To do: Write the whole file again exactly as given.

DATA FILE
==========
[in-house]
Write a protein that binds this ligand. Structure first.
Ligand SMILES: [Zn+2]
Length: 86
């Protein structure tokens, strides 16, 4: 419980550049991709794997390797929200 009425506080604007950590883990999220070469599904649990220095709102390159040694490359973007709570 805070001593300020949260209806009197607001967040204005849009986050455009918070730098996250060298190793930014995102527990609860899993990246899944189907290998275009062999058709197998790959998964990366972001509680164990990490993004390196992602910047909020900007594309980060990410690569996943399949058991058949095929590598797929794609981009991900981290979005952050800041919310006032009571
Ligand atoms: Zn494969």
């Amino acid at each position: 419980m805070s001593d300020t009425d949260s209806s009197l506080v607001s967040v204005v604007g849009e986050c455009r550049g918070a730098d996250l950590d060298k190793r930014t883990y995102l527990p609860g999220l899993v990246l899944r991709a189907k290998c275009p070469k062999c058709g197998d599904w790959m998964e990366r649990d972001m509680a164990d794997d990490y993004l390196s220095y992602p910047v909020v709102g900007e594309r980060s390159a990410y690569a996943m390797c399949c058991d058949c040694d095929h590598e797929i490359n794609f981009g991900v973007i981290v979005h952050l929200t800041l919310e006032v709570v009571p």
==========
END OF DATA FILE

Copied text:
[in-house]
Write a protein that binds this ligand. Structure first.
Ligand SMILES: [Zn+2]
Length: 86
């Protein structure tokens, strides 16, 4: 419980550049991709794997390797929200 009425506080604007950590883990999220070469599904649990220095709102390159040694490359973007709570 805070001593300020949260209806009197607001967040204005849009986050455009918070730098996250060298190793930014995102527990609860899993990246899944189907290998275009062999058709197998790959998964990366972001509680164990990490993004390196992602910047909020900007594309980060990410690569996943399949058991058949095929590598797929794609981009991900981290979005952050800041919310006032009571
Ligand atoms: Zn494969």
């Amino acid at each position: 419980m805070s001593d300020t009425d949260s209806s009197l506080v607001s967040v204005v604007g849009e986050c455009r550049g918070a730098d996250l950590d060298k190793r930014t883990y995102l527990p609860g999220l899993v990246l899944r991709a189907k290998c275009p070469k062999c058709g197998d599904w790959m998964e990366r649990d972001m509680a164990d794997d990490y993004l390196s220095y992602p910047v909020v709102g900007e594309r980060s390159a990410y690569a996943m390797c399949c058991d058949c040694d095929h590598e797929i490359n794609f981009g991900v973007i981290v979005h952050l929200t800041l919310e006032v709570v009571p």